Residents of the territory have until March 15th to submit their ideas for what to name a new government office building in Yellowknife.
The building at 5015 49th Street houses driver and licensing services, among other government programs.
Soliciting names from the public can have interesting and sometimes infamous outcomes. An online poll held in 2016 to name a U.K. research vessel resulted in the name Boaty McBoatface topping the poll. The will of the public was later overruled and it was christened the RRS Sir David Attenborough instead, after the famed English natural historian.
The GNWT’s own 1996 bid to solicit public recommendations of a new name for the territory resulted in the name Bob as a top contender. The name came in second in a public poll, behind the territory’s current name. Obviously, the Bob option did not come to pass.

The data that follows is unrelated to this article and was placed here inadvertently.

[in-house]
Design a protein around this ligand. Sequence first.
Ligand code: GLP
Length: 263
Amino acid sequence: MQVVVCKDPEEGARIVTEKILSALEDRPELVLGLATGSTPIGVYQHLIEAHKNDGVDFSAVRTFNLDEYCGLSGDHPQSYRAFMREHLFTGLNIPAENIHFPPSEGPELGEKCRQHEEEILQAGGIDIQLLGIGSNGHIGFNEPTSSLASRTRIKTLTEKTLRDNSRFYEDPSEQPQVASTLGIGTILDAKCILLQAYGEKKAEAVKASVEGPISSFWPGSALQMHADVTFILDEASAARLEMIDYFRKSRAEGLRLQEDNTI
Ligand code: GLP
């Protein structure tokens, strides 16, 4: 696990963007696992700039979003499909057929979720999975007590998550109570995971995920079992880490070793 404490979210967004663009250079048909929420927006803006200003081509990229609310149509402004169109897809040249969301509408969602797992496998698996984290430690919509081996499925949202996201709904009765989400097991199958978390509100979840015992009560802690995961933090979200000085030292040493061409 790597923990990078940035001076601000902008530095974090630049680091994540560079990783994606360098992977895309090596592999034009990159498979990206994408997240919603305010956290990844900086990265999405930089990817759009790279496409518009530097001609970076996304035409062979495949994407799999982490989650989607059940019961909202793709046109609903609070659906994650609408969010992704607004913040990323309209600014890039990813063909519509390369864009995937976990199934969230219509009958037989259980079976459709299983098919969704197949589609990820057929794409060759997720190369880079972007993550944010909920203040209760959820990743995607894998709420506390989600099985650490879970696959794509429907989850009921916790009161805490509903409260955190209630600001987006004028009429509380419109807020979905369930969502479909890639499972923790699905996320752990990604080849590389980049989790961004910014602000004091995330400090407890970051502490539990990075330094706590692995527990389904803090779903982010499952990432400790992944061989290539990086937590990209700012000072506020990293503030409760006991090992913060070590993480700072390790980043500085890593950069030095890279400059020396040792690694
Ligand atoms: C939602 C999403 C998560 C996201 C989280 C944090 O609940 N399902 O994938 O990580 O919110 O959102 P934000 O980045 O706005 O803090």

There are some rules governing the naming of GNWT office buildings. They cannot be named in honour of living people. They may, however be named after people who are deceased and have made ‘significant contributions to public life and the well-being of territorial residents.’ Cultural, historical and geographic significance should also be considered when suggesting a name.
“When naming a GNWT-owned office building, consideration will be given to whether the proposed name reflects the historical, cultural, and geographic significance of the NWT,” a GNWT website reads.
In the end, cabinet approval is needed to rename any government building. So the likes ‘Bob’ or ‘Boaty McBoatface’ would likely be torpedoed.
The GNWT is also asking residents for their suggestions for naming government buildings in Fort Simpson and Inuvik.